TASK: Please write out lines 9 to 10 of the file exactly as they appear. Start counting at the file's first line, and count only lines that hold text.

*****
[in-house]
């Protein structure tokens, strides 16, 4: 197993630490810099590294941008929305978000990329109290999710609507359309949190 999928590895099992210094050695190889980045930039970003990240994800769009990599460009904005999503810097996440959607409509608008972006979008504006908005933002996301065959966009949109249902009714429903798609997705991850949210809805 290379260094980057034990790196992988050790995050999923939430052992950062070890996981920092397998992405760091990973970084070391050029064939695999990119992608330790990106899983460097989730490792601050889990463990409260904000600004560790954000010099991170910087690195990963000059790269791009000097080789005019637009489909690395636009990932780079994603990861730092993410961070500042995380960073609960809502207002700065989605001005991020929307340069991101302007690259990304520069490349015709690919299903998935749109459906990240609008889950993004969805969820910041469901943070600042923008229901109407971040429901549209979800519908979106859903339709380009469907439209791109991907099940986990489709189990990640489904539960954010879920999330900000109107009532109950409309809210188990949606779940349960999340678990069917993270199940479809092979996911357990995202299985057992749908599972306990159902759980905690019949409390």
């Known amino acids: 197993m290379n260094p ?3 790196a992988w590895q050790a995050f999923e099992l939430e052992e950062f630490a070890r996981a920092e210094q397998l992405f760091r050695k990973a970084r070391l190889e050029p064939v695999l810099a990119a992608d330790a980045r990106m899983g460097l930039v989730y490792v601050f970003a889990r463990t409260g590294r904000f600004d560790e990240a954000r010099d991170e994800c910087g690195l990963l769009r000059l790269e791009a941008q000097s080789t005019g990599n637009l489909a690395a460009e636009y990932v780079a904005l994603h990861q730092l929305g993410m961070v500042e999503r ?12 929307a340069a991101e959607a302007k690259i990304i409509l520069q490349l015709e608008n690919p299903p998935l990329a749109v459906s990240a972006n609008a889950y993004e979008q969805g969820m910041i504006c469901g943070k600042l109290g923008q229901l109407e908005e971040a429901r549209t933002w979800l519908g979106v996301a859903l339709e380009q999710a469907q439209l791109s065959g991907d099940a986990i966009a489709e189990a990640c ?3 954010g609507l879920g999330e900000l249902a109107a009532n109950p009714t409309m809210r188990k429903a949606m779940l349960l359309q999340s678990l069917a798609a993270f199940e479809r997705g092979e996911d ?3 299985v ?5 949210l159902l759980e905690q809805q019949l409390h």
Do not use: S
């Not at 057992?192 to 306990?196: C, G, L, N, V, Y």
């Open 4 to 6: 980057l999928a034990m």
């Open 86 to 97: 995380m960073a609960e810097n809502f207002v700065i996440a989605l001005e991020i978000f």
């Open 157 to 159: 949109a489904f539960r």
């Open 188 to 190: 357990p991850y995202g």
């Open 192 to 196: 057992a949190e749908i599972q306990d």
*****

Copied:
């Open 188 to 190: 357990p991850y995202g």
């Open 192 to 196: 057992a949190e749908i599972q306990d």